Once all the dependencies are resolved, download the ZIP file of the current Dim version from GitHub [3]. Unpack it as shown in Listing 2, change to the unpacked directory, and run the configuration process there (Figure 2). After completing the action, call the Dim web interface by typing in your browser's address bar. If needed, you can change the port number for the service there. Listing 3 describes how to install with Docker. You will find the image, including a README file, at /var/lib/docker/overlay2.

Listing 2

ZIP Installation

$ unzip ./release-linux.zip
$ tar -xvzf ./release.tar.gz
$ cd release && ./dim

Listing 3

Docker Installation

### Install Docker for Debian and derivates:
$  sudo apt install docker.io
### Install Docker on Fedora:
$  sudo dnf install docker-ce
### Download the latest Dim image:
$  sudo docker pull ghcr.io/dusk-labs/dim:dev
Figure 2: After unzipping the archive file, trigger the Dim configuration. The software checks if the dependences are in place.

Once you have set up Dim and opened the web interface in the browser, the next step is to create an account. You can then start populating the media database (Figure 3). Currently, Dim is limited to movies, series, and anime. Music, images, and other media formats will follow as soon as the developers are satisfied with the implementation of the formats that are already supported.

Figure 3: The Dim interface has been deliberately designed to be clutter free. On first launch, the application prompts the user to create a library.

In the web view, like in Plex, a sidebar on the left with the controls takes up about a quarter of the window width. The rest of the display is used to show the indexed media. Below the user logo, which you can customize to suit your own preferences, you will find the search bar and below that again the collections you created. If so desired, you can hide the control sidebar using the small arrow bottom right, which means you can use the entire screen to display the media and metadata.


When you log in for the first time, the application prompts you to create a library by assigning a name and passing the path to the desired files to the Scraper (a small utility or built-in routine that collects data from various sources before typically serving up the data centrally via a database). Use the option here to define whether the library is for movies or series. Dim treats the two categories differently as far as the metadata – which comes from The Movie Database (TMDB) – is concerned.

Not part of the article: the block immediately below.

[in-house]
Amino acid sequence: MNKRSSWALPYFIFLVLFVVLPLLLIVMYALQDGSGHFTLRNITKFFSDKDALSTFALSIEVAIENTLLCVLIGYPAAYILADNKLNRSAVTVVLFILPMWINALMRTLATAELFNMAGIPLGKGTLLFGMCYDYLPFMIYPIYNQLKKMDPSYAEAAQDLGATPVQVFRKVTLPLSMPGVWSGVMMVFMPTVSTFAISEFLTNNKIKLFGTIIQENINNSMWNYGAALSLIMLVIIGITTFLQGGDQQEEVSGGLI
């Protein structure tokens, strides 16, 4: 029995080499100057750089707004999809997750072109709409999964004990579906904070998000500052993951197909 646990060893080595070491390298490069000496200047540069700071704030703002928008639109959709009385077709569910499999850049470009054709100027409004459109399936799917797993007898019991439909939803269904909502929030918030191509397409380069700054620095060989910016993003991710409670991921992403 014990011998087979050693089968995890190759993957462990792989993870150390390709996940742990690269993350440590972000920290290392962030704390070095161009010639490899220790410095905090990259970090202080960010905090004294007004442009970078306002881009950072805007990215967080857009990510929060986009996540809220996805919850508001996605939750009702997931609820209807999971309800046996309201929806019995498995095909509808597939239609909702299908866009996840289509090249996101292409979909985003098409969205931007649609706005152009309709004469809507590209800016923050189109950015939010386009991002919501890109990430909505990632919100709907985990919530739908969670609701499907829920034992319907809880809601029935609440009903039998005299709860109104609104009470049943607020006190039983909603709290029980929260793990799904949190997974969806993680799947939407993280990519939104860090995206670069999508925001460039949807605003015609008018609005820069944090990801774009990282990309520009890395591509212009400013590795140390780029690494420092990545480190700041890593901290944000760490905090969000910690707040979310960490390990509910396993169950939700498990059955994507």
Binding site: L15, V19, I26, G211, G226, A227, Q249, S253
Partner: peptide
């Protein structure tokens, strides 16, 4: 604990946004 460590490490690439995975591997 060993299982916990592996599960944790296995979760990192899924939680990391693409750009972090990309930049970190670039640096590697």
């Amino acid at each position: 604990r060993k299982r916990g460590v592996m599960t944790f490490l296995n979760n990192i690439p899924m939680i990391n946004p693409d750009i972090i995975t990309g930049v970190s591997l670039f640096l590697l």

Dim only supports folders. It does not show individual files in the overview at all. However, a mode to include individual files is on the roadmap. If you hover the mouse pointer over a folder, an orange rectangle appears on the right. You can then click it to select the folder (Figure 4). Don't forget to assign a name to the collection, otherwise the Add Library button will remain disabled. If you want to create more collections, mouse over the Libraries tab and click on the plus sign that appears.

Figure 4: When creating a library, it is important to make sure that it has a name and that the boxes to the right of the folders are checked.

Below Libraries, the Dashboard tab shows the most recently viewed media at the top. Above the file name, you will find automatically generated tags such as the year of creation or genre. Clicking on the keywords, which are defined as links, takes you to other media with the same tag. Dim does not currently support individual tagging.